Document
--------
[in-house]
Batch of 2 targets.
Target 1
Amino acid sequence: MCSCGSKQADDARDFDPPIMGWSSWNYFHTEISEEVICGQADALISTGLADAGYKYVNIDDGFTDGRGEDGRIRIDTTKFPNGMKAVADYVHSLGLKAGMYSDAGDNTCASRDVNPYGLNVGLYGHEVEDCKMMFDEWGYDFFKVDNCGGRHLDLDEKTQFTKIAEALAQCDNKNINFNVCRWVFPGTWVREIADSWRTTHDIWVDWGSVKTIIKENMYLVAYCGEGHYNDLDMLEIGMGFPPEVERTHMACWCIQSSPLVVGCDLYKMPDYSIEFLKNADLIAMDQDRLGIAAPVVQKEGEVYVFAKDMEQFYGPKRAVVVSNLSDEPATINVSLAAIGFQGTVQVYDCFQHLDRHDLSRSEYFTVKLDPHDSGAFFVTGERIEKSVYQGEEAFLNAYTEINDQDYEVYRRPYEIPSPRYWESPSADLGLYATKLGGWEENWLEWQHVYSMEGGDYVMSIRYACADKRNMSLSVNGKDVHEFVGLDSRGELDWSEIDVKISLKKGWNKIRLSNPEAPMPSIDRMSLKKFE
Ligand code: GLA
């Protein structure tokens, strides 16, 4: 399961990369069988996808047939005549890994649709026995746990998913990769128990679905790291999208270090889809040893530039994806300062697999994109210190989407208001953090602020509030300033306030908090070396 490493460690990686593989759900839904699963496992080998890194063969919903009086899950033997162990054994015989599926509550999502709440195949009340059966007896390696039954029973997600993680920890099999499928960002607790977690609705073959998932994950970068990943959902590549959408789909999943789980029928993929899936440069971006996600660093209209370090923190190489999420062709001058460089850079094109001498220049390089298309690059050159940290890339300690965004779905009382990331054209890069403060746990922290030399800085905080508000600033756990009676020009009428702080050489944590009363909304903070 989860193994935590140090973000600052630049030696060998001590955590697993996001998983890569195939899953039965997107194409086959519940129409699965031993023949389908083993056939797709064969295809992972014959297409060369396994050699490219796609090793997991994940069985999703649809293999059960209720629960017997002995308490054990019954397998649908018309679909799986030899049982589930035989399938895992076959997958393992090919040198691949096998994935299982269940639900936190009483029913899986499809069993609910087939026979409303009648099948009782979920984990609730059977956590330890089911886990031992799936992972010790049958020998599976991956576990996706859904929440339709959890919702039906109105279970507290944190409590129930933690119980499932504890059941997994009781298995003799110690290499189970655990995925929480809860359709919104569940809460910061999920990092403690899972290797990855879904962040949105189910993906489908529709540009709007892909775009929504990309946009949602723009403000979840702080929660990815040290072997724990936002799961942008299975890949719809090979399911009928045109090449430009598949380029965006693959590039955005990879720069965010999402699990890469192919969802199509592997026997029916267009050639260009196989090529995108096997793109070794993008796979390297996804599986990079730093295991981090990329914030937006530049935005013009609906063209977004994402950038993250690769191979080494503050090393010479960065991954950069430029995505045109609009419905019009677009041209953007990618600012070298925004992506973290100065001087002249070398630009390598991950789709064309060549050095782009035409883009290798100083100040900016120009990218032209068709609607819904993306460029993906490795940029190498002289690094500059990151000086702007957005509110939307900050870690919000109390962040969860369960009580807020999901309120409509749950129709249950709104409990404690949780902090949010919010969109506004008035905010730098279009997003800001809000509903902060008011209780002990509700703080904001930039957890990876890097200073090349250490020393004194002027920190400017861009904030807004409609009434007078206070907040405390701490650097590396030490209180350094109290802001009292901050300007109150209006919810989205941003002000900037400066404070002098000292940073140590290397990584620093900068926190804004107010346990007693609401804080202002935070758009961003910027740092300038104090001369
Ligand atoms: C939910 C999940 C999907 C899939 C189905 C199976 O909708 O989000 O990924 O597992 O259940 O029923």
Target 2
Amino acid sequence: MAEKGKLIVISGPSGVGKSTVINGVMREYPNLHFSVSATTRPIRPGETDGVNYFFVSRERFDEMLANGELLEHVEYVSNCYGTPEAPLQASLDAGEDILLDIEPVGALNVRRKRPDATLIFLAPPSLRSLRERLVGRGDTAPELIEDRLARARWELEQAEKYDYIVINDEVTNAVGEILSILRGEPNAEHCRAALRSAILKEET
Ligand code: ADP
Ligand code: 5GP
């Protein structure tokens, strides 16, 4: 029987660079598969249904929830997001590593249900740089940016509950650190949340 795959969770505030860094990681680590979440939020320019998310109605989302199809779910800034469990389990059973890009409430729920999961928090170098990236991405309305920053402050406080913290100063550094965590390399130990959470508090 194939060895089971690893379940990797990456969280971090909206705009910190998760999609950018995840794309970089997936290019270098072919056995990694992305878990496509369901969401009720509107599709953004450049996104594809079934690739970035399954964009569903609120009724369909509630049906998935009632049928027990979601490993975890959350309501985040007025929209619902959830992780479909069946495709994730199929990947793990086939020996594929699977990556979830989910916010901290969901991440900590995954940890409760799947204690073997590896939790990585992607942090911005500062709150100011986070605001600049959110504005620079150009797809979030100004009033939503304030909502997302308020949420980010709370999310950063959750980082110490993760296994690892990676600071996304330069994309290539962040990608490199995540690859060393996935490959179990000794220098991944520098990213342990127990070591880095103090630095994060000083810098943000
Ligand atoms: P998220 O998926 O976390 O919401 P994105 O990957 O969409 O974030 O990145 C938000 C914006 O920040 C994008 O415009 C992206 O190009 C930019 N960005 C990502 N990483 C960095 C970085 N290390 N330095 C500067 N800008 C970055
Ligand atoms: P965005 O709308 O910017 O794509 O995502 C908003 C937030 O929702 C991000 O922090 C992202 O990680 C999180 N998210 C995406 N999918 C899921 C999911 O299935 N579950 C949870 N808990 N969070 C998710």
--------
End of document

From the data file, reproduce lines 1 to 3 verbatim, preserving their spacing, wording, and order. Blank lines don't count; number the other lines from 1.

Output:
[in-house]
Batch of 2 targets.
Target 1